How to Buy and Sell Coins In Today's Market

By Joe Andrews
Brasher Doubloon (OBV)

Coin collecting has become one of the most popular hobbies in America. The success of the State Quarter program (1999 to 2008), Presidential Dollar coins and the First Spouse series (to name just a few) have brought millions of new enthusiasts into this hobby. The United States Mint has increased their advertising budget dramatically in recent years. There is a variety of coin shows on television. Newspapers often print full page announcements offering special deals on "rare" or "limited" sets, including Olympic coins, old silver dollars and "historical" issues. The Internet is loaded with websites for dealers. And on it goes. How can you navigate your way through the "jungle?" A little common sense, research and comparison shopping will save you a lot of money! Here are some do's and don'ts for any prospective buyer or seller of precious metals and coins.

Determine WHAT you want to collect. You have many choices. Are you trying to assemble a complete set of Lincoln pennies, Jefferson nickels or Washington Quarters? There are lots of choices. Perhaps you like Proof sets. Then again, you want to explore a "Type" set and try to collect a different coin of each denomination issue during the past 200 years. Finally, you may wish to speculate in the precious metals market (gold, silver or platinum bullion).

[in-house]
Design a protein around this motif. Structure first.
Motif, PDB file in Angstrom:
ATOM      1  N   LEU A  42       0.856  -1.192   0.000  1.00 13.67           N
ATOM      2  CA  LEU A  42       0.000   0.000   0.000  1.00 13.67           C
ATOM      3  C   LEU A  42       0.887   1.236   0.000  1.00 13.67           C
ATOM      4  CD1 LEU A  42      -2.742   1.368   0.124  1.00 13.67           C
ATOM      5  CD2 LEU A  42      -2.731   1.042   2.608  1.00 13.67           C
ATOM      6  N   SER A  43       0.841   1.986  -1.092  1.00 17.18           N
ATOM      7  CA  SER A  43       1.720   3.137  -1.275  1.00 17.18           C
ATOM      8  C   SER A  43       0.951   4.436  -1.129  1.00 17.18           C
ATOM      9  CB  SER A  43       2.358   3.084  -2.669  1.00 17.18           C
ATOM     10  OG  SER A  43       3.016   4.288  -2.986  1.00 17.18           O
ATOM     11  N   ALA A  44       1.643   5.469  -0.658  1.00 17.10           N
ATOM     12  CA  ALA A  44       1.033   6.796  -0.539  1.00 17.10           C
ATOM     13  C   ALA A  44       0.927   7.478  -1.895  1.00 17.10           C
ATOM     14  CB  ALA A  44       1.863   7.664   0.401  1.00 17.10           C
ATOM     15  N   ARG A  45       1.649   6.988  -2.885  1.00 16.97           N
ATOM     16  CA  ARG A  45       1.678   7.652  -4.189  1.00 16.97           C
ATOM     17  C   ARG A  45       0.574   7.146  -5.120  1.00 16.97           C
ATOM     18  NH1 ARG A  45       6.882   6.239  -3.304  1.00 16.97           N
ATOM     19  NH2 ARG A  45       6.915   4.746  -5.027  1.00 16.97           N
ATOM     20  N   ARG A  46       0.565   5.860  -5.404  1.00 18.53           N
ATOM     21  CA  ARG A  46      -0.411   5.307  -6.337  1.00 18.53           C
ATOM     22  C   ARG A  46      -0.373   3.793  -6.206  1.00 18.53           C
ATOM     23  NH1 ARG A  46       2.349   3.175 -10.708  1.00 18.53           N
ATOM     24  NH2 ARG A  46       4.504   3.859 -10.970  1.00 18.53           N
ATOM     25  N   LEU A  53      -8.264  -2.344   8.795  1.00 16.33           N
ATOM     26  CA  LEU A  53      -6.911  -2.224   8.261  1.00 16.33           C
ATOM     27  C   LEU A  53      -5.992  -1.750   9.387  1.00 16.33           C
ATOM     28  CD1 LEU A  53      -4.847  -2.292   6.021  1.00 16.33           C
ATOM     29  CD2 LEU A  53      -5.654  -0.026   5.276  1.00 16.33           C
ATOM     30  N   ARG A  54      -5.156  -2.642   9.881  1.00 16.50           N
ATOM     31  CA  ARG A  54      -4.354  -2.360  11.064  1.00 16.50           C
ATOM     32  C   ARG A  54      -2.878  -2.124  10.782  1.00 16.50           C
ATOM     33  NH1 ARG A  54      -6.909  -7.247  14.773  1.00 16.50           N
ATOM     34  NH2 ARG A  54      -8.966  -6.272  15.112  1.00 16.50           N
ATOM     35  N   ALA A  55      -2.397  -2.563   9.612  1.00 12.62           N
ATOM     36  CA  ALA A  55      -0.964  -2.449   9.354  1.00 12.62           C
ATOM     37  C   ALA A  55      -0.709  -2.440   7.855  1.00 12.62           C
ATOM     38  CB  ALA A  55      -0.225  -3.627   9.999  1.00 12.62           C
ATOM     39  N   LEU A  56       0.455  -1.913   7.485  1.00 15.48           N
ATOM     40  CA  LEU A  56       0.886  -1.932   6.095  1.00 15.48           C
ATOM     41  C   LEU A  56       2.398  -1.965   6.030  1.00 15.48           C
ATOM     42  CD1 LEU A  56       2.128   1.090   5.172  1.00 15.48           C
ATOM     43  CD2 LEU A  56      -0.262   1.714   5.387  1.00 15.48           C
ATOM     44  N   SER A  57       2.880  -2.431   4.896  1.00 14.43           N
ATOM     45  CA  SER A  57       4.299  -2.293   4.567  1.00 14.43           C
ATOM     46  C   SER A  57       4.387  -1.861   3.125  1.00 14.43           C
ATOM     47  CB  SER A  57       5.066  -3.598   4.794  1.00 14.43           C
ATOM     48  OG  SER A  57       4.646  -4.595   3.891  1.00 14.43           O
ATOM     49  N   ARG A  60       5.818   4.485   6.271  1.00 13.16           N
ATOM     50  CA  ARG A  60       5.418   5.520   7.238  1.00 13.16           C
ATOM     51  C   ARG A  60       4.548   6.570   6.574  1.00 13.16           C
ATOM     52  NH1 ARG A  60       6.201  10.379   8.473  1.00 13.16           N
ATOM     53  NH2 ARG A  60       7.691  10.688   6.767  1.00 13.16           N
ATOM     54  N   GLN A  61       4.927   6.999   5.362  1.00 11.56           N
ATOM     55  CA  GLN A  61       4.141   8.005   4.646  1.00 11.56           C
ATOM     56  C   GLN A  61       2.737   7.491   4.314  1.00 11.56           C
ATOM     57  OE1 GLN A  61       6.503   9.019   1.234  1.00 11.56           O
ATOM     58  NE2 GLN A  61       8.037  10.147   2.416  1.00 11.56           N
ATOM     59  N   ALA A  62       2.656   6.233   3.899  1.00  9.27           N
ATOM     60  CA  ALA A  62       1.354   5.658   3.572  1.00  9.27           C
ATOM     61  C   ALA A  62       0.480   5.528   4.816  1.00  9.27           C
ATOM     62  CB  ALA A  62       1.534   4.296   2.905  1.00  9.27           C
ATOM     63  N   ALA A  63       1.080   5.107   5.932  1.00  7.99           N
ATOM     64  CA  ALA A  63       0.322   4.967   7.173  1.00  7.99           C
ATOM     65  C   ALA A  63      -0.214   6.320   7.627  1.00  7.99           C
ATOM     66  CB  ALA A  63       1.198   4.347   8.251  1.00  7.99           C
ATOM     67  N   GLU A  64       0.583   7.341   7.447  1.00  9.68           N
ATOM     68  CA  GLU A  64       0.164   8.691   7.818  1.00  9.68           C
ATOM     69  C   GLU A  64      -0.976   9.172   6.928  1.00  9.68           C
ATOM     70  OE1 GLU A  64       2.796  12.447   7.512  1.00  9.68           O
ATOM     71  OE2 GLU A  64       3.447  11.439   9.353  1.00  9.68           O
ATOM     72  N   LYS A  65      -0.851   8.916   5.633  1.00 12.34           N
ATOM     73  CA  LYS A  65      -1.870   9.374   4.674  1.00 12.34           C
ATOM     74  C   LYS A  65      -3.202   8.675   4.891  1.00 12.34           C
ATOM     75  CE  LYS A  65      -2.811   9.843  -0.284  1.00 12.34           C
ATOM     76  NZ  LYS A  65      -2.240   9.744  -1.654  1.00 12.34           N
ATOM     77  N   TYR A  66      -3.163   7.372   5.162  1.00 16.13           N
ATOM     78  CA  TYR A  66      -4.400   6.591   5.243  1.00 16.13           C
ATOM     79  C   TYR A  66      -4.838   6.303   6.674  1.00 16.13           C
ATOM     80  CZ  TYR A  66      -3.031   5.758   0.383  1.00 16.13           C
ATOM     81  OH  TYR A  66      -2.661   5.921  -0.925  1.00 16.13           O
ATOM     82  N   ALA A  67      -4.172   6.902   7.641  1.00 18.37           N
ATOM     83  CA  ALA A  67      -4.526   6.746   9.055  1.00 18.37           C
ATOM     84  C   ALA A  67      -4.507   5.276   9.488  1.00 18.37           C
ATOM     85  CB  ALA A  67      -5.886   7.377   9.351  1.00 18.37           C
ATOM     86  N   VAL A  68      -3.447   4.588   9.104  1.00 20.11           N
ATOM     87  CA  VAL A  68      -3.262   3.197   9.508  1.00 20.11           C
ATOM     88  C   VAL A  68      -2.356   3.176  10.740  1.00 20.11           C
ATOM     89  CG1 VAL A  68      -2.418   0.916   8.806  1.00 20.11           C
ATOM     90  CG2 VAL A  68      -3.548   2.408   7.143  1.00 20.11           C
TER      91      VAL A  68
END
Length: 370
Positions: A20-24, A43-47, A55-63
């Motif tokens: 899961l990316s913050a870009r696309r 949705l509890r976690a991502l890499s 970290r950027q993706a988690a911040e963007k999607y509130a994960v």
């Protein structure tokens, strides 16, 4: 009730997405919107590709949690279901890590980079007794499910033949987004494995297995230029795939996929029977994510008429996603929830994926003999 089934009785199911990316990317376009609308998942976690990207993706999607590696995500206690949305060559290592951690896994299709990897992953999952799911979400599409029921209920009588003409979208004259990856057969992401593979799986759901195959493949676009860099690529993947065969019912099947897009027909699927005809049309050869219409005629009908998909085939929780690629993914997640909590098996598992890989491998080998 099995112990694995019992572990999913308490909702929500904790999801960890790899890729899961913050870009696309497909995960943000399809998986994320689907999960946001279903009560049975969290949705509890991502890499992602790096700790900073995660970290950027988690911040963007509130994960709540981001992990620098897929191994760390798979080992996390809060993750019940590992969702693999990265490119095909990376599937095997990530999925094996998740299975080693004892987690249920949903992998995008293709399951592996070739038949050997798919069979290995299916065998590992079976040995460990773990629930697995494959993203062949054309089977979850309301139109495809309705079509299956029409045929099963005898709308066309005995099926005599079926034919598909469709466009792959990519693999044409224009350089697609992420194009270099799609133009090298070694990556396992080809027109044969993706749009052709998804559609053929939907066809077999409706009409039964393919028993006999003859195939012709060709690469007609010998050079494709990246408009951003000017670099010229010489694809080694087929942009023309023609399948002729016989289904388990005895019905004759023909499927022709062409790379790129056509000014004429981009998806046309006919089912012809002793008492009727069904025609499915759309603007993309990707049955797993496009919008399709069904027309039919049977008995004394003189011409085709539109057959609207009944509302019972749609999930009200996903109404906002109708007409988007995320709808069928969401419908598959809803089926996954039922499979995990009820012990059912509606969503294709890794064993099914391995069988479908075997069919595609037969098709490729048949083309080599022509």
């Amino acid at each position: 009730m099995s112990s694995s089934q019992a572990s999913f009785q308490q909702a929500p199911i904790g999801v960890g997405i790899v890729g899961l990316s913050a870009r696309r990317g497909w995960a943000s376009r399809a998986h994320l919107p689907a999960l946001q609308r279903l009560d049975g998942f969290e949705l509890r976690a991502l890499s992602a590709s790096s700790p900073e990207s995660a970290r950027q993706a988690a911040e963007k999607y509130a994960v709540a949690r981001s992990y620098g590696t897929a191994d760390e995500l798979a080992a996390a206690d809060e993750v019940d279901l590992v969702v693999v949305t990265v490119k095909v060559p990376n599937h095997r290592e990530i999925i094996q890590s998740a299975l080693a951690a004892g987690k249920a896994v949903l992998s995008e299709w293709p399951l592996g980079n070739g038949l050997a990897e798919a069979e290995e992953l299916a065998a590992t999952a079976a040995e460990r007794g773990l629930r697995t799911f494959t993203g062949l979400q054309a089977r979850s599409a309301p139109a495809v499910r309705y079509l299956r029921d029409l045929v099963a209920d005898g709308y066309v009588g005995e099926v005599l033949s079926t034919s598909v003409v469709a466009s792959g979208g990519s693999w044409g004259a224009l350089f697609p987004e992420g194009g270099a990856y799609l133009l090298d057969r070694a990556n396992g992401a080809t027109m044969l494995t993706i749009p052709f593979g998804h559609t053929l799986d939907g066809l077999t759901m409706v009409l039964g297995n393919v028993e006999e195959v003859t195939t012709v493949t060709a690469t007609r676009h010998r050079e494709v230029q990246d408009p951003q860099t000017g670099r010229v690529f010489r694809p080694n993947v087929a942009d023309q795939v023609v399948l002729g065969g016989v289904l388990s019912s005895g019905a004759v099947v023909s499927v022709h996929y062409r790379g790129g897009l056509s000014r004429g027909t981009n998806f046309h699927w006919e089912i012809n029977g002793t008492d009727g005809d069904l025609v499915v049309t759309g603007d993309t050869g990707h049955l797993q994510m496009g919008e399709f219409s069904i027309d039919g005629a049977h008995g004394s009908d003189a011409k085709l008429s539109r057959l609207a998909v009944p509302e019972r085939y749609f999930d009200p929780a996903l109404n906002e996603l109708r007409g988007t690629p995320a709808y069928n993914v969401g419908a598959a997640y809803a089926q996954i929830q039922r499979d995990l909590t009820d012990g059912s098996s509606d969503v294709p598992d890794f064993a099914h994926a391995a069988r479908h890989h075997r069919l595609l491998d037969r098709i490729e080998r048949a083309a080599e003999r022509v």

Take the time to thoroughly research coins and coin collecting. Subscribe to "Coin World" magazine, an excellent publication. Go to the website of the American Numismatic Association (ANA), which is chock full of useful information for the aspiring collector (see link in Resources below). Finally, there are hundreds of articles on every type/denomination of coins issued from the colonial era to the modern era. Before you buy or sell, learn the hobby!

In order to determine the value of a coin, it must be graded. Although there are several coin grading services out there, only two are recognized by the experts in the hobby: NGC (Numismatic Guaranty Corporation) and PCGS (Professional Coin Grading Service). When a grade is established for a coin, a value can be placed on that coin. (The highest grade is 70.) The price is based on the grade and is accurately determined by an experienced dealer. A graded coin takes the guesswork out of pricing. On the other hand, a "raw" or ungraded coin can have any price, and you may be rest assured that the seller will not always get the best deal! Check out the websites for NGC and PCGS (see Resources below).

Do not purchase coins from TV coin shows. Although you may get a bargain here and there, you will almost always lose money if purchasing coins from a TV coin show. Most of these shows purchase their coins from the United States Mint, and mark up the prices accordingly. Or they send these coins by the droves to the grading services to establish a base price for the coins and sell them. You may be rest assured that it will be higher than is appropriate for the grade. Occasionally, the TV host will announce the "fill in the blank" hoard, which they acquired from estate sales or collectors. Their on-air personalities are colorful, and your hear the metronomic drone that coins are a great investment or a wonderful gift for children. Compare prices if you are tempted to buy, and buy graded coins if you must purchase "TV specials!"